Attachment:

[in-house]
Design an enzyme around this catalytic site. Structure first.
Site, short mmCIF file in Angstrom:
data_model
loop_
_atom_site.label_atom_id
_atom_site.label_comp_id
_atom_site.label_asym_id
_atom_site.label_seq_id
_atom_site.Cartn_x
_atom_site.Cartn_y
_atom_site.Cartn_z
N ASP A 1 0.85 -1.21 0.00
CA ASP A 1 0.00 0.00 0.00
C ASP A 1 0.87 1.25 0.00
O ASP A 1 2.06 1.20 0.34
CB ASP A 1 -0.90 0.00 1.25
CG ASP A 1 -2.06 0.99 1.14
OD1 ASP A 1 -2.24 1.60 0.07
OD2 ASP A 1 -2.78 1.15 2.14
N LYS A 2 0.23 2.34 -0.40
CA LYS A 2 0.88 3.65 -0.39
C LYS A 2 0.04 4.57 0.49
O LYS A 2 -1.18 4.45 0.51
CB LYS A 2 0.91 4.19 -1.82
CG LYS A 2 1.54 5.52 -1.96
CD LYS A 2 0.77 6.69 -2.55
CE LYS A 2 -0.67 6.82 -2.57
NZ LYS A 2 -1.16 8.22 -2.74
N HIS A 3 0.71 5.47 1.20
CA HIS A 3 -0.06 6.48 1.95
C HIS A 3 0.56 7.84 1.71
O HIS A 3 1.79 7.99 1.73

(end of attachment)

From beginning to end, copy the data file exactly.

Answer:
[in-house]
Design an enzyme around this catalytic site. Structure first.
Site, short mmCIF file in Angstrom:
data_model
loop_
_atom_site.label_atom_id
_atom_site.label_comp_id
_atom_site.label_asym_id
_atom_site.label_seq_id
_atom_site.Cartn_x
_atom_site.Cartn_y
_atom_site.Cartn_z
N ASP A 1 0.85 -1.21 0.00
CA ASP A 1 0.00 0.00 0.00
C ASP A 1 0.87 1.25 0.00
O ASP A 1 2.06 1.20 0.34
CB ASP A 1 -0.90 0.00 1.25
CG ASP A 1 -2.06 0.99 1.14
OD1 ASP A 1 -2.24 1.60 0.07
OD2 ASP A 1 -2.78 1.15 2.14
N LYS A 2 0.23 2.34 -0.40
CA LYS A 2 0.88 3.65 -0.39
C LYS A 2 0.04 4.57 0.49
O LYS A 2 -1.18 4.45 0.51
CB LYS A 2 0.91 4.19 -1.82
CG LYS A 2 1.54 5.52 -1.96
CD LYS A 2 0.77 6.69 -2.55
CE LYS A 2 -0.67 6.82 -2.57
NZ LYS A 2 -1.16 8.22 -2.74
N HIS A 3 0.71 5.47 1.20
CA HIS A 3 -0.06 6.48 1.95
C HIS A 3 0.56 7.84 1.71
O HIS A 3 1.79 7.99 1.73